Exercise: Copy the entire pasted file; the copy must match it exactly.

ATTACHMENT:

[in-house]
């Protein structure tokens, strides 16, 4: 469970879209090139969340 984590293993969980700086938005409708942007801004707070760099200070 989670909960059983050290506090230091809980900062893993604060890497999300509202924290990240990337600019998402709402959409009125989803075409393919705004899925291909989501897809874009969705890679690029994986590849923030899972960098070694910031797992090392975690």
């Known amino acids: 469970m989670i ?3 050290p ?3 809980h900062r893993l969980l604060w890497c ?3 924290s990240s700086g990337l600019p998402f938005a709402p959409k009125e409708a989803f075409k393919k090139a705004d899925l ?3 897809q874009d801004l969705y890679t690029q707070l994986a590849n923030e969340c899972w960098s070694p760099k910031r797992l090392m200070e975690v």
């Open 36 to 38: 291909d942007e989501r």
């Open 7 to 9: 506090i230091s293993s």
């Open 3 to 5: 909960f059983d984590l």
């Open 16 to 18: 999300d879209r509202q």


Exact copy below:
[in-house]
């Protein structure tokens, strides 16, 4: 469970879209090139969340 984590293993969980700086938005409708942007801004707070760099200070 989670909960059983050290506090230091809980900062893993604060890497999300509202924290990240990337600019998402709402959409009125989803075409393919705004899925291909989501897809874009969705890679690029994986590849923030899972960098070694910031797992090392975690």
């Known amino acids: 469970m989670i ?3 050290p ?3 809980h900062r893993l969980l604060w890497c ?3 924290s990240s700086g990337l600019p998402f938005a709402p959409k009125e409708a989803f075409k393919k090139a705004d899925l ?3 897809q874009d801004l969705y890679t690029q707070l994986a590849n923030e969340c899972w960098s070694p760099k910031r797992l090392m200070e975690v």
């Open 36 to 38: 291909d942007e989501r």
């Open 7 to 9: 506090i230091s293993s």
């Open 3 to 5: 909960f059983d984590l």
């Open 16 to 18: 999300d879209r509202q």